Improving stroke outcomes

Not so long ago, a stroke diagnosis was practically a death sentence. By the time a doctor recognized the symptoms, there wasn't much a physician could do to save the patient. But the recent revolution brought on by clot-busting drugs has radically changed how physicians are able to treat the condition. It has also made it imperative that both physicians and patients recognize and treat symptoms within the first three hours of a stroke. In Nova Scotia, healthcare providers are undertaking the organization of a $7 million integrated stroke system that creates "stroke teams" to provide faster, more effective treatment. Using telemedicine and the latest clot-busting drugs, doctors think they can significantly improve patient survival and recovery rates. "If you do have a stroke, the system is ready for you. An organized stroke-care system has been shown to reduce mortality, disability and institutionalization," noted Alison McDonald, co-chair of the QEII Health Sciences Centre.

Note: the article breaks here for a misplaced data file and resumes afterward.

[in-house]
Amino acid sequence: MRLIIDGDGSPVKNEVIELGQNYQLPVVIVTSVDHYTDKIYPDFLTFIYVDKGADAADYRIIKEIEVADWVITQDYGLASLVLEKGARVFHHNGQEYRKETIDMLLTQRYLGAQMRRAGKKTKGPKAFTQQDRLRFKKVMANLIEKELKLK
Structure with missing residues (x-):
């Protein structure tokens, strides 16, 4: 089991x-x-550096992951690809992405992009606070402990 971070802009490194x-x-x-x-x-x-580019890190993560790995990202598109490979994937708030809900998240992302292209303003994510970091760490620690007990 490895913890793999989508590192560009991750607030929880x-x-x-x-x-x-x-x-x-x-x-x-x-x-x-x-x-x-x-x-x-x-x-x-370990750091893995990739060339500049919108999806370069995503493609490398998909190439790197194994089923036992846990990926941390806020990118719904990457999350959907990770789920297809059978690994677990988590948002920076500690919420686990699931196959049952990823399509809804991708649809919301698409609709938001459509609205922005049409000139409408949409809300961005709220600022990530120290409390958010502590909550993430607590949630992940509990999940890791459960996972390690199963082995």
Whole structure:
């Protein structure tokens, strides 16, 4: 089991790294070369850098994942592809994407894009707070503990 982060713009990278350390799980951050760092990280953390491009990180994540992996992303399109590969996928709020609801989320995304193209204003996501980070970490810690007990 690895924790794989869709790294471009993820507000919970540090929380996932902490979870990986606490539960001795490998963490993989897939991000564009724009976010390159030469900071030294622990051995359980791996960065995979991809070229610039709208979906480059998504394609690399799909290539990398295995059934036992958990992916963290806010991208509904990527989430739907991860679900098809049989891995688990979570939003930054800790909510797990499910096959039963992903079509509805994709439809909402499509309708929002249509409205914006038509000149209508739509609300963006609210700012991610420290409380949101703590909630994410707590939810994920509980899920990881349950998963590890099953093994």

For more on effective stroke care:
- read this Chronicle Herald article